The College of Idaho and its food service management company, Bon Appétit, are set to celebrate sustainability and show diners how to decrease their carbon “foodprint” through the fifth annual Low Carbon Diet Day on April 19. Guests to Simplot Dining Hall will be treated to a special menu featuring freshly-prepared, environmentally-friendly foods. Lunch will be served from 10:45 a.m. to 1:30 p.m. The cost is $7 per person for all-you-can-eat.
“Most people are aware these days of what a healthy choice is for them,” said Tim Reinbold, a chef at the C of I. “With Low Carbon Diet Day, we’re proud to show diners how their food choices can also be healthier for our planet.”
The food system is responsible for one-third of global greenhouse emissions. Foods served on Low Carbon Diet Day will decrease that negative impact as well as help illustrate Bon Appétit’s “Top 5 Low Carbon Diet Tips”:
You Bought It, You Eat It – Don’t Waste Food: Not only does wasted food represent wasted energy from growing, harvesting, and producing it, but food in landfills emits methane gas as it breaks down. Proper portions are key, so Cornish pasties with turkey, local root vegetables and spring onions will be served.
Make “Seasonal and Regional” Your Food Mantra: Regionally procured food is less likely to have been air-freighted to get to you, and usually tastes better because it’s fresher – taste the first of Idaho’s spring crops in the salad bar and see!
Mooove Away From Beef and Cheese: Cows and other ruminant animals emit harmful methane gas during their natural digestive process, so we’ve told beef burgers to hoof it and will be grilling Thai chili pork burgers or farro and northwest lentil burgers instead.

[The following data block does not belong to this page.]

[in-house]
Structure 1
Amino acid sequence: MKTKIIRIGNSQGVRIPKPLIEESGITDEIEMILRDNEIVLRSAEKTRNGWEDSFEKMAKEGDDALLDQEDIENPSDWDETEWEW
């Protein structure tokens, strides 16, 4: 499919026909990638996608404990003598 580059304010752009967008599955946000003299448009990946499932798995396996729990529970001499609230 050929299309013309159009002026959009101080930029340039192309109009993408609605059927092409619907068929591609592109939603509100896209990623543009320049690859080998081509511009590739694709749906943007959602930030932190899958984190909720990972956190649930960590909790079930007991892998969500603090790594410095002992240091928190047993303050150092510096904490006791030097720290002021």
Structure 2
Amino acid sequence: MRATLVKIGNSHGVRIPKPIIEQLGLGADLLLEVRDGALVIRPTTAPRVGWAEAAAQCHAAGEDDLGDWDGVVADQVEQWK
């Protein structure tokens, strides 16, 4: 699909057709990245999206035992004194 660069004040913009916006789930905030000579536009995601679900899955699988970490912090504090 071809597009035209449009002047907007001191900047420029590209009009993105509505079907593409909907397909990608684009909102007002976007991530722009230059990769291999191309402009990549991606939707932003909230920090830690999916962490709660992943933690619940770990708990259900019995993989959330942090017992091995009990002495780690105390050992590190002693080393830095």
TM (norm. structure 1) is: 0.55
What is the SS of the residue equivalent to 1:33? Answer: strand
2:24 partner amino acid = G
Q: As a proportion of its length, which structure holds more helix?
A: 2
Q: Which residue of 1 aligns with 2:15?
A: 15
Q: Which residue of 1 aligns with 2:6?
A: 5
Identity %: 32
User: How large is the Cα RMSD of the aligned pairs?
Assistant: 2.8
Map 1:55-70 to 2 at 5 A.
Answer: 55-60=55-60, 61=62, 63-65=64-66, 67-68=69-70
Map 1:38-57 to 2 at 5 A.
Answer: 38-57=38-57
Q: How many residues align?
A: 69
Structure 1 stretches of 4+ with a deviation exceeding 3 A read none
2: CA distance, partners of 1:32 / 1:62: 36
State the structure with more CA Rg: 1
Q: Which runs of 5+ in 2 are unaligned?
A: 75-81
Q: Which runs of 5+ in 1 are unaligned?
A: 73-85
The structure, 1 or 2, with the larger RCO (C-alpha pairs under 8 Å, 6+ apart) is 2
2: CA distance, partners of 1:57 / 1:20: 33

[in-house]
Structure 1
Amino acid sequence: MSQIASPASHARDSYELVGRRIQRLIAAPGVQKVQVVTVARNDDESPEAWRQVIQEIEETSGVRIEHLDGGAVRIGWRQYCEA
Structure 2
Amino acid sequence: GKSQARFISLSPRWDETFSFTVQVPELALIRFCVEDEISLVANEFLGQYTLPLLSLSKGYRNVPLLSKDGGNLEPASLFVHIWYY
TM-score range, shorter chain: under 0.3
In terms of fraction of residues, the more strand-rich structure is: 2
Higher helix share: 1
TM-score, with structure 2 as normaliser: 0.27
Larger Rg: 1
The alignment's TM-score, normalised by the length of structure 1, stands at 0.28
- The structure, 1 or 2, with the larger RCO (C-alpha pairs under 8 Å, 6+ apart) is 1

Stop Flying Fish and Fruit – Don’t Buy Air-Freighted Food: Seafood that was frozen-at-sea and locally procured fruit are best choices. Diners can enjoy curried Idaho sturgeon or the Idaho catfish po’boy sandwich.
If It’s Processed and Packaged, Skip It: Processing and packaging consume huge amounts of energy and water. Chefs are eliminating processed snacks from one station, instead serving house cut potato chips and French fries.
For more information about Bon Appétit Management Company and its sustainable food initiatives, visit www.bamco.com.
Founded in 1891, The College of Idaho is the state’s oldest private liberal arts college. It has a century-old tradition of educating some of the most accomplished graduates in Idaho, including six Rhodes Scholars, three Marshall Scholars, and another 11 Truman and Goldwater Scholars. The College is located on a beautiful campus in Caldwell, Idaho. Its distinctive PEAK curriculum challenges students to attain competencies in the four knowledge peaks of the humanities, natural sciences, social sciences and a professional field, enabling them to graduate with an academic major and three minors in four years. For more information on The College of Idaho, visit www.collegeofidaho.edu.